Best Tips to Pass Glucose Test in Pregnancy

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Are you wondering how to pass glucose tolerance test during pregnancy? Many pregnant Moms dread this routine prenatal test because of the taste of the glucose drink, but also because a positive result could mean you are at high risk for gestational diabetes and lead to the necessity for more medical interventions. So it’s important to know what you can do to pass the glucose test and maintain a healthy pregnancy.

Research indicates that every year, about 2% to 10% of pregnant women are receive a gestational diabetes diagnosis, with women who suffer from this type of diabetes being at increased risk of developing type 2 diabetes later in their lives.

Gestational diabetes occurs when a pregnant woman’s blood sugar is abnormally high, posing a risk to both the mother and her unborn child. Even pregnant women who did not have diabetes before pregnancy can develop Gestational diabetes. A glucose screening test is the best way to ascertain if you are low risk.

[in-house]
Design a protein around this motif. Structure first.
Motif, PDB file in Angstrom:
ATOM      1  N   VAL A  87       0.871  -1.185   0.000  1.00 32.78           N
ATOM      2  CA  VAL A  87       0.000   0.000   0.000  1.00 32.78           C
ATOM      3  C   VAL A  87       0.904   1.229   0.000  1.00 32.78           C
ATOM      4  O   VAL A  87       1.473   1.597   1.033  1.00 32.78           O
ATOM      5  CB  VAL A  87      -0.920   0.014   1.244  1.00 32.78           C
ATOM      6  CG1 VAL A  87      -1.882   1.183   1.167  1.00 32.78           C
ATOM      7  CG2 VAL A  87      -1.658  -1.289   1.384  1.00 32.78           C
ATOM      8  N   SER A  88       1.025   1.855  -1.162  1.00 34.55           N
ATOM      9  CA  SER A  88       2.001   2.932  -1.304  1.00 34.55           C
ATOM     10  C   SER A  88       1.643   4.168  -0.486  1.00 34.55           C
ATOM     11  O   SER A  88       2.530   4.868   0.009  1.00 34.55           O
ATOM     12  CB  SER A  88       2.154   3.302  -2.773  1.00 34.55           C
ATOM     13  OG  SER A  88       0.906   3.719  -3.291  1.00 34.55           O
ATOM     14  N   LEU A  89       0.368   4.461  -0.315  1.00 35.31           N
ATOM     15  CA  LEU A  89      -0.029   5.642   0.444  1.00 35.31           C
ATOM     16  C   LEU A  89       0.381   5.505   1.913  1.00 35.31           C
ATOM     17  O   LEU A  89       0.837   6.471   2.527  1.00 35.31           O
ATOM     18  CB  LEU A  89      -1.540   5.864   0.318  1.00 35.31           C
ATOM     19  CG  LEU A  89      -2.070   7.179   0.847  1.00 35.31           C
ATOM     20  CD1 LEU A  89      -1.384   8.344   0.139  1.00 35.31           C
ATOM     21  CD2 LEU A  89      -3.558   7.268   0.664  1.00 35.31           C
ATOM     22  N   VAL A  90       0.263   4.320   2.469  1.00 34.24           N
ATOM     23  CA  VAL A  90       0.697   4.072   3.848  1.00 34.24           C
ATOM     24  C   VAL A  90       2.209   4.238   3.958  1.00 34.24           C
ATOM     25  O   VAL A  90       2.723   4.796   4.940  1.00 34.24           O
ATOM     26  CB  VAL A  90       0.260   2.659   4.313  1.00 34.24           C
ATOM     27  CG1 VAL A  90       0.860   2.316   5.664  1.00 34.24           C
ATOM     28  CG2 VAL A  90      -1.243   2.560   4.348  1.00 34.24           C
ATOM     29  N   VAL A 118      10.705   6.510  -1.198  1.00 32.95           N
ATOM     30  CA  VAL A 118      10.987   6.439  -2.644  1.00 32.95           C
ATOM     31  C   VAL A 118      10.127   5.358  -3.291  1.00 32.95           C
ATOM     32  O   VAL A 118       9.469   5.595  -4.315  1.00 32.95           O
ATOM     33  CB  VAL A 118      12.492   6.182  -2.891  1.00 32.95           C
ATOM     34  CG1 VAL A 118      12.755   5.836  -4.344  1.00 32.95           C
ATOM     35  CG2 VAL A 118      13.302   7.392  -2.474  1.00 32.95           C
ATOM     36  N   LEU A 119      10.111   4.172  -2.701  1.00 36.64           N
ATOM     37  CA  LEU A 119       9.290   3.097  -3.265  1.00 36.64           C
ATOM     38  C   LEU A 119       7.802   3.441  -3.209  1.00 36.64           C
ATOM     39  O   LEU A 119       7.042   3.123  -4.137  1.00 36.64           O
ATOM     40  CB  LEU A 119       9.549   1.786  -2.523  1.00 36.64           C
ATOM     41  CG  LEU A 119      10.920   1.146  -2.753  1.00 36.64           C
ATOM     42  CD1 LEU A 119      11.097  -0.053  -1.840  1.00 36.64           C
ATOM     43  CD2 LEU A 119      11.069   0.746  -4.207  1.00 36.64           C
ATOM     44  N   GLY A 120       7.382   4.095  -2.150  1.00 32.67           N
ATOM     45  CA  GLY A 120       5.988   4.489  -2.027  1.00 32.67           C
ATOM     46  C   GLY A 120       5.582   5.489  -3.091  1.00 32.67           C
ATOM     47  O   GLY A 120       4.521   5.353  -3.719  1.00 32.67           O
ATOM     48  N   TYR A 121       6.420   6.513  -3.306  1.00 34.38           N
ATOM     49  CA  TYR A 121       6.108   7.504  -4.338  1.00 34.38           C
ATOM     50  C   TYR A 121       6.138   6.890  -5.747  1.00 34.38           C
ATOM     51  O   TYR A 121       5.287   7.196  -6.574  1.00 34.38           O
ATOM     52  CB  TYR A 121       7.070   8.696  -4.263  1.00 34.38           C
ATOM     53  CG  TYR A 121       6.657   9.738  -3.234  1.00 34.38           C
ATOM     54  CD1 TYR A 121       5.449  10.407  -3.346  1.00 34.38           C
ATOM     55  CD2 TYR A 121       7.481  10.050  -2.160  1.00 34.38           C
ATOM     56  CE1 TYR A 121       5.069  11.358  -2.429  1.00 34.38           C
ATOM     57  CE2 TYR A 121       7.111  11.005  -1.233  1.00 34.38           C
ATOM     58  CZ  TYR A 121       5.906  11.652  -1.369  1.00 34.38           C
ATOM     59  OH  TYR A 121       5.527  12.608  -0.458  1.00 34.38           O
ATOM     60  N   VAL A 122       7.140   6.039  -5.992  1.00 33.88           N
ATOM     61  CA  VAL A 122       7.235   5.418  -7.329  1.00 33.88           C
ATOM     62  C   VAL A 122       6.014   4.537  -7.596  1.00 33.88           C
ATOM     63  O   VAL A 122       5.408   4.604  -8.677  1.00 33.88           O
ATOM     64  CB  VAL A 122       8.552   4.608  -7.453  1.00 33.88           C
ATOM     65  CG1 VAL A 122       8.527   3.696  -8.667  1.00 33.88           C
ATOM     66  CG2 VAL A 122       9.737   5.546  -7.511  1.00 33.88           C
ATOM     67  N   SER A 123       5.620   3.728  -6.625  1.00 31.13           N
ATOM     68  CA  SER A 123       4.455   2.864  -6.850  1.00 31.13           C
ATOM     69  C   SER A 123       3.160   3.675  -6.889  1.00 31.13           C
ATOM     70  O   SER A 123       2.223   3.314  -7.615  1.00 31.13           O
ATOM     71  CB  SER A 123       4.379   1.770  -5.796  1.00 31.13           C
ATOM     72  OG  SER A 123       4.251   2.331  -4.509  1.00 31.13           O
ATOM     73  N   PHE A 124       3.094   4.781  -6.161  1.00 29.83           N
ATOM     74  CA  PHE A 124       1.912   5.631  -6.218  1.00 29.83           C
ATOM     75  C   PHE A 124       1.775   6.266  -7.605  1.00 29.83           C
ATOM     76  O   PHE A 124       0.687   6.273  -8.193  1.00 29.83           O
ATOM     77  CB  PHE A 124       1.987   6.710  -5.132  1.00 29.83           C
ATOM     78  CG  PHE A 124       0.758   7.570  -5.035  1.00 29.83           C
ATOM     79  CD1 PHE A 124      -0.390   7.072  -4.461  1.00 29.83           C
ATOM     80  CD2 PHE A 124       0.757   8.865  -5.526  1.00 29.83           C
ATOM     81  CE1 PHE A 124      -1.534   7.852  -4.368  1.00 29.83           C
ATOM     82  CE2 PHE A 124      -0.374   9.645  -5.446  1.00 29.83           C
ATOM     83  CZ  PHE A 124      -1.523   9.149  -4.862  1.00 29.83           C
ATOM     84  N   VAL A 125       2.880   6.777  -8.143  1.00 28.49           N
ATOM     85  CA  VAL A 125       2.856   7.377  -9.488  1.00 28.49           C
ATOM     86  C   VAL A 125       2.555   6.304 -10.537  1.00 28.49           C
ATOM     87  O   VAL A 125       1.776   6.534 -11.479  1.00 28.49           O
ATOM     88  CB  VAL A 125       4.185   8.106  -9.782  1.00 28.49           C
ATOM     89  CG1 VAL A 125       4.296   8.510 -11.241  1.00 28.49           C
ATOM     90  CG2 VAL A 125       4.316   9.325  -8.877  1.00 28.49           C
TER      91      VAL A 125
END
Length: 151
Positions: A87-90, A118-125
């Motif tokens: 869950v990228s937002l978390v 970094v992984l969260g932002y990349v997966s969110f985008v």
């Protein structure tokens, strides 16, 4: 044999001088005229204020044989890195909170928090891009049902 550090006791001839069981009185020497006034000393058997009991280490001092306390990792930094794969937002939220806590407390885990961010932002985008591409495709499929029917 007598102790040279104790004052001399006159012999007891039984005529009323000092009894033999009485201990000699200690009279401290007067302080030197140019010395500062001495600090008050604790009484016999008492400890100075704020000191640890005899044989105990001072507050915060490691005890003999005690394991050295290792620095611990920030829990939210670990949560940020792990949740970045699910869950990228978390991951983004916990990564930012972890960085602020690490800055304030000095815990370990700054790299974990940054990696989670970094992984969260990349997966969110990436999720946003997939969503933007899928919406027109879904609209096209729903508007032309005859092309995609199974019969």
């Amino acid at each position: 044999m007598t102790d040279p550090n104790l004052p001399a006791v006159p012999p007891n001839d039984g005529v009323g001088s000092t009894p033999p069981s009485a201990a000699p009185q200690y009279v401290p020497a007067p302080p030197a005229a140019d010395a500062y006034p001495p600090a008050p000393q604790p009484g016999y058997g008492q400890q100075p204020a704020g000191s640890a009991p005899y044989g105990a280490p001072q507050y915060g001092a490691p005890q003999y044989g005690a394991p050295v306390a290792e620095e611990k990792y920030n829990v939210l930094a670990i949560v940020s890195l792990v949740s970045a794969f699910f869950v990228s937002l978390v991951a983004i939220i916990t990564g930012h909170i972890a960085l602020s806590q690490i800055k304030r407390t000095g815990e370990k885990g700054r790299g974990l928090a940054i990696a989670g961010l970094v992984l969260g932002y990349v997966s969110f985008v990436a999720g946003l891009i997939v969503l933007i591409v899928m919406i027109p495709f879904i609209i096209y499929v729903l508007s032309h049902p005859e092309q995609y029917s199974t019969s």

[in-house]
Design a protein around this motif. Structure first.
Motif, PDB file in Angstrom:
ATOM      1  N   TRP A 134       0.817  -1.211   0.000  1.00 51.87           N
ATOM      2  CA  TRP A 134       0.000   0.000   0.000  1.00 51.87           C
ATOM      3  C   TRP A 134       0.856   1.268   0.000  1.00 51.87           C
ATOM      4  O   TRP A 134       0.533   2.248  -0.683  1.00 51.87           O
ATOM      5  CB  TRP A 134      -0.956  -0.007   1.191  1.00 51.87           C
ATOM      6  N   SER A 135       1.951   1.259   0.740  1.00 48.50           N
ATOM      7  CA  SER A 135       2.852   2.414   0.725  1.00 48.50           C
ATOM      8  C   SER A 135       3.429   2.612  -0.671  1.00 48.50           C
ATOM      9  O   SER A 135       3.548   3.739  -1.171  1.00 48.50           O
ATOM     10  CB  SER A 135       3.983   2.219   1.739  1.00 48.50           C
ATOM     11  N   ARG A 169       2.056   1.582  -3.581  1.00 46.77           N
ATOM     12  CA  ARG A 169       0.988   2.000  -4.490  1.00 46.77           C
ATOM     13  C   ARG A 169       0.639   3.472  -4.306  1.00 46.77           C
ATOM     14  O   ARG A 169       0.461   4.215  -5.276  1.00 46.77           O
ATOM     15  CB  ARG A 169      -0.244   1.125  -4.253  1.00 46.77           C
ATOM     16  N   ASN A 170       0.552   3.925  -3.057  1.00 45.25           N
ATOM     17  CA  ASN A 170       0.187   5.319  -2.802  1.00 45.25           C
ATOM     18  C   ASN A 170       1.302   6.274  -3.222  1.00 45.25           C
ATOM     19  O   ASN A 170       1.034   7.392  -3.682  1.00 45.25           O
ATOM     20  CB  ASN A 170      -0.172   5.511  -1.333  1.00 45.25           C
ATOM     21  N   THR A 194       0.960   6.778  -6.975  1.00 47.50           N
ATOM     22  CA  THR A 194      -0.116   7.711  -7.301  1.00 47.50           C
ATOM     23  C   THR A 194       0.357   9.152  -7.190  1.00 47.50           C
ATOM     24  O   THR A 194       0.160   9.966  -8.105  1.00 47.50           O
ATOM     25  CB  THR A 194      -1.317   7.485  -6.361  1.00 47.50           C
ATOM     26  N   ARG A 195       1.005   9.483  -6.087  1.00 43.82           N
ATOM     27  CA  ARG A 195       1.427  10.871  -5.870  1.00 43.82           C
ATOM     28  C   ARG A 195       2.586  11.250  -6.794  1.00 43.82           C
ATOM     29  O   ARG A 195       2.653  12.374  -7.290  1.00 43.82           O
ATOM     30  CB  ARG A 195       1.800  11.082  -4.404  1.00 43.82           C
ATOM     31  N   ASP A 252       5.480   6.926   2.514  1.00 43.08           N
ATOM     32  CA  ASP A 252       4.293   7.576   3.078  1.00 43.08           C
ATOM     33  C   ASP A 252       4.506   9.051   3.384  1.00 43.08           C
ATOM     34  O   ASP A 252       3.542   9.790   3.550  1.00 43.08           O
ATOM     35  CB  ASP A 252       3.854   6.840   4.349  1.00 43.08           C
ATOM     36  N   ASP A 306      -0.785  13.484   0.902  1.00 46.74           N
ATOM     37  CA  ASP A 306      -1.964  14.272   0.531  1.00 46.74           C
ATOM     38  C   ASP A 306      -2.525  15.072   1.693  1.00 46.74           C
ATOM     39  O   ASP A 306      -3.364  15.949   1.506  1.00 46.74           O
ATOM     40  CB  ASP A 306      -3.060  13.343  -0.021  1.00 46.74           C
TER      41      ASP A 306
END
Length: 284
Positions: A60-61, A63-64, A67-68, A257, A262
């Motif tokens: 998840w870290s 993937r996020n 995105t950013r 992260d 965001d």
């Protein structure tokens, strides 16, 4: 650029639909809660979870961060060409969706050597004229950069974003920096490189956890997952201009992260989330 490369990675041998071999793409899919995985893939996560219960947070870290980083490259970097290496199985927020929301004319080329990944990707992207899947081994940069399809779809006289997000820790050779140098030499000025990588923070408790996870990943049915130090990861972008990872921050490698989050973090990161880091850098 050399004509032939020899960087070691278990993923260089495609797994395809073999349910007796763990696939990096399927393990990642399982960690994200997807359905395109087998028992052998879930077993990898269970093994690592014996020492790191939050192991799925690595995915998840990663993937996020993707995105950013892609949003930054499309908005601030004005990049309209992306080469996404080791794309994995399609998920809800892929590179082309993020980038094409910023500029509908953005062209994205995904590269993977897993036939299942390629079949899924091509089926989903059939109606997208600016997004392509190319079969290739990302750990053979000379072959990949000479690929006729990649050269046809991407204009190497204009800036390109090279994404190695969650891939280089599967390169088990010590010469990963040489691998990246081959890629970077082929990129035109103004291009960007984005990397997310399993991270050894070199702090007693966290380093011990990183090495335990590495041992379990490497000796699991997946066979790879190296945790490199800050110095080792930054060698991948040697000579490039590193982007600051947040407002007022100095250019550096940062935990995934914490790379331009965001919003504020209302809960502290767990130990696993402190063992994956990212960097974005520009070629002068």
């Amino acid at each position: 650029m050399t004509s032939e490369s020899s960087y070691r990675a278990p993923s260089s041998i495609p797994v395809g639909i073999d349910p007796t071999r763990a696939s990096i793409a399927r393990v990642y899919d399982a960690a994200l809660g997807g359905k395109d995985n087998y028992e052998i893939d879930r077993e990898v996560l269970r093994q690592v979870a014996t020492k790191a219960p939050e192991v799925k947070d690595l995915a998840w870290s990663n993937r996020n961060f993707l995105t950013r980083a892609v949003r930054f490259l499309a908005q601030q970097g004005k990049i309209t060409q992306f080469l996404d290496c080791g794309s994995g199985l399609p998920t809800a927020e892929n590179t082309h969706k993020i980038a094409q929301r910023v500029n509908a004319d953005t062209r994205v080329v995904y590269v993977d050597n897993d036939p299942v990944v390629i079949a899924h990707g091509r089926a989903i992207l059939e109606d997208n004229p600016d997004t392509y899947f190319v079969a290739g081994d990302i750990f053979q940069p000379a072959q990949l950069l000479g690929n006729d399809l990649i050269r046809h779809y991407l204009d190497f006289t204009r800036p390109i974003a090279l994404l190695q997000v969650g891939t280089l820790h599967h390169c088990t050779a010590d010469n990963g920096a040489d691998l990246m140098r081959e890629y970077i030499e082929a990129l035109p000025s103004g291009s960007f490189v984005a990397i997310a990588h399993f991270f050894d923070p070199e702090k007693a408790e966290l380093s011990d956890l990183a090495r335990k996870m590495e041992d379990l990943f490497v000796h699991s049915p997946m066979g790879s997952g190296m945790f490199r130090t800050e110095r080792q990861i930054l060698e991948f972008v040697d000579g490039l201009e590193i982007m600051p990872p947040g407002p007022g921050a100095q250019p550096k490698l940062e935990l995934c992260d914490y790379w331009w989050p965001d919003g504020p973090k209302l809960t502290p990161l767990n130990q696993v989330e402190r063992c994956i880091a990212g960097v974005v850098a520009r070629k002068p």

Here are some tips on what to eat before glucose test pregnancy, tips on how to pass the glucose test, and what the gestational diabetes risk factors are. 

The advice included in this article is meant for informational purposes only. Please consult your care provider before making any decisions regarding your pregnancy.

{Disclosure: This post contains affiliate or referral links. Read more about that here.} 

So, what is the oral glucose tolerance test in pregnancy? 

A glucose test in pregnancy is a routine test that checks the blood glucose level (sugar) in the expectant mother’s blood. You will be asked to consume a sugary drink then have your blood tested an hour later, checking the glucose levels at that point. 

Between the 24th and the 28th weeks of pregnancy, your health care provider will ask you to undergo the glucose screening test, also known as the 1-hour glucose test or the two-step glucose test. This test is normally done in the morning.